Leibniz1699 wrote:All truth is objective but just not in the way the objectivists think. Two people having two varying opinions about whether or not a piece of artwork is beautiful is itself an objective truth....
The proposition "two people have two varying opinions about whether or not a piece of artwork is beautiful" is an objective one.
The proposition "that artwork is beautiful" is a subjective one.
In general, objective propositions propose something about an objectively existing world that they (usually implicitly, not explicitly) propose to exist and to be the potential cause of an indefinitely large number of possible sensations. Subjective propositions say something about the state of mind of a single subject. The means of verification or falsification of objective propositions are proposed to be publicly available. The means to verify or falsify subjective propositions are not.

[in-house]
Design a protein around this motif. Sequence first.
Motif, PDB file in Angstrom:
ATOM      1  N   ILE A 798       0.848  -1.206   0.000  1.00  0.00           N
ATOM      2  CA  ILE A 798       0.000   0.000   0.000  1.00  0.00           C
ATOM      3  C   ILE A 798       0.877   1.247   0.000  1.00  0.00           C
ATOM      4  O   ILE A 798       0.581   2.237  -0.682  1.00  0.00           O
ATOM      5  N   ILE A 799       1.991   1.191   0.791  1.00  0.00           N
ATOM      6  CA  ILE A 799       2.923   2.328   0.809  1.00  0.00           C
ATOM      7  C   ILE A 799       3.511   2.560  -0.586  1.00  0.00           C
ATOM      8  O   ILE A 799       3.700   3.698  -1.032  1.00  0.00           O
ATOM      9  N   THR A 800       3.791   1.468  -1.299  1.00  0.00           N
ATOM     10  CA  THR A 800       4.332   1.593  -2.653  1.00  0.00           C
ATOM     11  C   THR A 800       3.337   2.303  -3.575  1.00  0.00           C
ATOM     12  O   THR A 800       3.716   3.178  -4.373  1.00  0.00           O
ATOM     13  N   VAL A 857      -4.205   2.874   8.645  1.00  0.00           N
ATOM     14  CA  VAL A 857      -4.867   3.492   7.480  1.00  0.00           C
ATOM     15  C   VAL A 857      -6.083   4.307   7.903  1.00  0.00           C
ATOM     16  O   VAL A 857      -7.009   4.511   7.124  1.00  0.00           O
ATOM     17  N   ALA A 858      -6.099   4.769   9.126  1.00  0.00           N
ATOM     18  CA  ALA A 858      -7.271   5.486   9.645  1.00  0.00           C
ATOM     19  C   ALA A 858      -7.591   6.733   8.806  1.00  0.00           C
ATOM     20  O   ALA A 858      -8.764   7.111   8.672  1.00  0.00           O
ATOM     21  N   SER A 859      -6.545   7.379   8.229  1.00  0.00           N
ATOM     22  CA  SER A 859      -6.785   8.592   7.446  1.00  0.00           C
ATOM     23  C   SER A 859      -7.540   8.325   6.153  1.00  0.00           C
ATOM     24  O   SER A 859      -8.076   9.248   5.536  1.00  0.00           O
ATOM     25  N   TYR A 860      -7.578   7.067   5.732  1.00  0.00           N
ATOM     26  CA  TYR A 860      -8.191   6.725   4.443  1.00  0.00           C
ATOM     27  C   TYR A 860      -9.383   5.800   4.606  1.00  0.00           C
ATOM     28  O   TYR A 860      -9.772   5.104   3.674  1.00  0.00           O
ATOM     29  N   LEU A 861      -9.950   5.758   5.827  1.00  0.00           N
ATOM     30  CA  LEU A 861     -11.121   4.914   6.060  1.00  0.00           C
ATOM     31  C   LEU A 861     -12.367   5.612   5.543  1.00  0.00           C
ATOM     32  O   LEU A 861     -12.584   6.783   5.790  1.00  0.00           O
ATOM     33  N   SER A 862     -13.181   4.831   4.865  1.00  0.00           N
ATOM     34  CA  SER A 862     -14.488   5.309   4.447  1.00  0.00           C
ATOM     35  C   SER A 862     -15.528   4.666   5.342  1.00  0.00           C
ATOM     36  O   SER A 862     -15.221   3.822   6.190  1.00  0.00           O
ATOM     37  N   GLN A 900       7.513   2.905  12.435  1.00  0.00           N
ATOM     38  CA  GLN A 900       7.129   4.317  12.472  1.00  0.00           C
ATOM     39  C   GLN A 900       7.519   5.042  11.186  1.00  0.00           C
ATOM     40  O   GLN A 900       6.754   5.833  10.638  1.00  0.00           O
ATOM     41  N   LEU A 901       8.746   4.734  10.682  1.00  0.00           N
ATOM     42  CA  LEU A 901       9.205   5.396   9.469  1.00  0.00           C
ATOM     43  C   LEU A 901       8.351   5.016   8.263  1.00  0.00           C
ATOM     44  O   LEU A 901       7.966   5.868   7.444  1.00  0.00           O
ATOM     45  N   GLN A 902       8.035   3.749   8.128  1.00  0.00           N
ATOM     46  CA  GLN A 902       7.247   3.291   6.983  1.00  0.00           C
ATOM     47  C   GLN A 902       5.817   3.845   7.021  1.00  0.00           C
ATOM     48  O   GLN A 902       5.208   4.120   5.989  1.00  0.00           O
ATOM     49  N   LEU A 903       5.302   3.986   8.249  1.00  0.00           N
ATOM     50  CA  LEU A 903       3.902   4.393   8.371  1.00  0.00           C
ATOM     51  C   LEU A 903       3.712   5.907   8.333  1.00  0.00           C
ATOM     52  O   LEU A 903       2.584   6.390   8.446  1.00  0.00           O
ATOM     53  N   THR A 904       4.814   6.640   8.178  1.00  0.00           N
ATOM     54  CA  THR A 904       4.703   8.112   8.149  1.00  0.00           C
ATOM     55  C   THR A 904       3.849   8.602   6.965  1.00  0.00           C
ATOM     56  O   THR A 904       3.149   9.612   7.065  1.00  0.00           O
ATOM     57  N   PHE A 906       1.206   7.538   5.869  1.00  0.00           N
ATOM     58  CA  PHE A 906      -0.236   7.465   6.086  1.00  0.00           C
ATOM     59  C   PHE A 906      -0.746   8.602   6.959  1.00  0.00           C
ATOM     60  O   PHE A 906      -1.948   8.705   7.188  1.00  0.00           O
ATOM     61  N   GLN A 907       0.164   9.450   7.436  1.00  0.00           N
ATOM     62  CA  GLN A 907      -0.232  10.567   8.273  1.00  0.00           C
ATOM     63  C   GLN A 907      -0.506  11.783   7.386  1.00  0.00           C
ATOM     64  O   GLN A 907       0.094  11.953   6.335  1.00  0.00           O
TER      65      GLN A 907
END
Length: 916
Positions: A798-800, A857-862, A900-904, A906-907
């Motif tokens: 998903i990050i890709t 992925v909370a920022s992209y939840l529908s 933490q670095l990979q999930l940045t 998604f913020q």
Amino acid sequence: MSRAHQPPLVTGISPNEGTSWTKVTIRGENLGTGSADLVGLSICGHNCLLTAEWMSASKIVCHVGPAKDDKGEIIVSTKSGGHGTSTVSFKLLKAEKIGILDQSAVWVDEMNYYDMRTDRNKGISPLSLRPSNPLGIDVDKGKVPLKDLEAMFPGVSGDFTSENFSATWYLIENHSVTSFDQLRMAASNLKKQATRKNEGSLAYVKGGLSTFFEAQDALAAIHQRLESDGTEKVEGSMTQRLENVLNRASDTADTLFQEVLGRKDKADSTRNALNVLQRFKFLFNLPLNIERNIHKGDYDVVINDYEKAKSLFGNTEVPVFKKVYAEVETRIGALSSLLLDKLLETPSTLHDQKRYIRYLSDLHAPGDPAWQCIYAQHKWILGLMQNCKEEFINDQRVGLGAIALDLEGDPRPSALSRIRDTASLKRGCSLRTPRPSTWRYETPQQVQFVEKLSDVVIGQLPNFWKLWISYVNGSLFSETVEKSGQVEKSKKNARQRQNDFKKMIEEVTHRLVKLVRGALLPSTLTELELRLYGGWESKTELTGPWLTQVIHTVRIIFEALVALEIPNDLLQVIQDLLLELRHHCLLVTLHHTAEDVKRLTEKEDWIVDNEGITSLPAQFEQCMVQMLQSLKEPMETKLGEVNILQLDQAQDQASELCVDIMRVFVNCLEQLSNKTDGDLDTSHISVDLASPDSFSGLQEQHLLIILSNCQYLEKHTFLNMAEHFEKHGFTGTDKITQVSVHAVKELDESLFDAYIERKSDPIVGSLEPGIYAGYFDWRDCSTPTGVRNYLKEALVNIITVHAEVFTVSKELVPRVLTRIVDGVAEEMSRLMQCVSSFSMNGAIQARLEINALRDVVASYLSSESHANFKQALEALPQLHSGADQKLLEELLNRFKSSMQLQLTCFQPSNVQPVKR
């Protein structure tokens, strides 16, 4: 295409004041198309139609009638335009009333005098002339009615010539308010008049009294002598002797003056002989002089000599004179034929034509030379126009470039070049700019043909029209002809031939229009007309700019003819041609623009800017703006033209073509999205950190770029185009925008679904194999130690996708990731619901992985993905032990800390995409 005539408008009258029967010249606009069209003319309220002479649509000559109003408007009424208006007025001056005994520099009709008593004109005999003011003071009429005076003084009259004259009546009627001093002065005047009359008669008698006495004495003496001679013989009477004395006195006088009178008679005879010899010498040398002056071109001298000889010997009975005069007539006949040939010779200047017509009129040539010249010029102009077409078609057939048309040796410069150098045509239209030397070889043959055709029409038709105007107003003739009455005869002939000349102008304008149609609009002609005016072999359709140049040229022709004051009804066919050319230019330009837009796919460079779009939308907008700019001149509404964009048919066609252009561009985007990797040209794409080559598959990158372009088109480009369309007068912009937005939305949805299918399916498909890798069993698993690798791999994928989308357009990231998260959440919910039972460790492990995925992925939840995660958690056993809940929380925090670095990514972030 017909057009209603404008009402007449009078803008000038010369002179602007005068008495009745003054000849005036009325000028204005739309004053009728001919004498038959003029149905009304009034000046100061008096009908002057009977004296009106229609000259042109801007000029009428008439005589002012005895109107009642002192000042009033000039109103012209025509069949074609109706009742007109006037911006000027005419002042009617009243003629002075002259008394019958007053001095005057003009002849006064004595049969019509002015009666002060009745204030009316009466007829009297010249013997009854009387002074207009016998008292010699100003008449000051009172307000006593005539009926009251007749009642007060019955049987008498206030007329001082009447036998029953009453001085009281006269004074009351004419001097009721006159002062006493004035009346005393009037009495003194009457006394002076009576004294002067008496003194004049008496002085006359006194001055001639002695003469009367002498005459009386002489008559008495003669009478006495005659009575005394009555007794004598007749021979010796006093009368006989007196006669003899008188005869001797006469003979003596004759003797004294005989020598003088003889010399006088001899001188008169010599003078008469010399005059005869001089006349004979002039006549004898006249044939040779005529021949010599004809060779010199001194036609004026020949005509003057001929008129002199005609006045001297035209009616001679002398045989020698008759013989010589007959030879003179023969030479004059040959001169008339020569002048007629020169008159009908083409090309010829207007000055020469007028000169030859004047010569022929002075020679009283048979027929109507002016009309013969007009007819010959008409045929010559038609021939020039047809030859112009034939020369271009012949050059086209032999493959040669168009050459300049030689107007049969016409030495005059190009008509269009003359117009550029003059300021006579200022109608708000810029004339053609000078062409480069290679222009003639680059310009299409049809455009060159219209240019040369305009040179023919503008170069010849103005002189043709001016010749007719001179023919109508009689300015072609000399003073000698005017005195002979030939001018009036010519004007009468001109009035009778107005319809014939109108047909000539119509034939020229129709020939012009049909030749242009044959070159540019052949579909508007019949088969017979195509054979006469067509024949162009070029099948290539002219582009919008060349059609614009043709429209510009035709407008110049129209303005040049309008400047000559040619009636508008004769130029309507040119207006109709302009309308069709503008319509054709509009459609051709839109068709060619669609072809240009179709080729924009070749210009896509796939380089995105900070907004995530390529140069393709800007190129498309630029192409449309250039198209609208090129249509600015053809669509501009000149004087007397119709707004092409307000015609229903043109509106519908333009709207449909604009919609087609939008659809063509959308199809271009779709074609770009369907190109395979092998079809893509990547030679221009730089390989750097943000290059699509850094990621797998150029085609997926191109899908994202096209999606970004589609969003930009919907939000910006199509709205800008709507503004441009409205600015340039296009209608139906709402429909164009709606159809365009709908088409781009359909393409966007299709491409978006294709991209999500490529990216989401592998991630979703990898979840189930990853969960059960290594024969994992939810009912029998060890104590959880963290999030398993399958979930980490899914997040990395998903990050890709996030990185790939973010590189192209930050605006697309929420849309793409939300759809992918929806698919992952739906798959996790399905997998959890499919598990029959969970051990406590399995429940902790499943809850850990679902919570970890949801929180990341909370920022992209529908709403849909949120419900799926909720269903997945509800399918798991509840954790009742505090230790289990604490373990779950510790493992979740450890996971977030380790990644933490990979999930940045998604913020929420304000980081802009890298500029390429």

Saying something is ugly is a statement of objective displeasure towards something whereas saying something is beautiful is a statement of objective attachment towards something - in this example a piece of artwork.
You could say that if you like. Or, conversely, you could take the route taken by the poster called RJG and assert the opposite, that all propositions based on experience are subjective and that the only objective propositions are those that are logically certain (usually known as tautologies). Either way, in my view, you lose a valuable distinction that I described above.
Saying something is ugly/beautiful is saying something about the unique, singular relationship between your mind and that thing. I think it's useful to class that as a subjective proposition.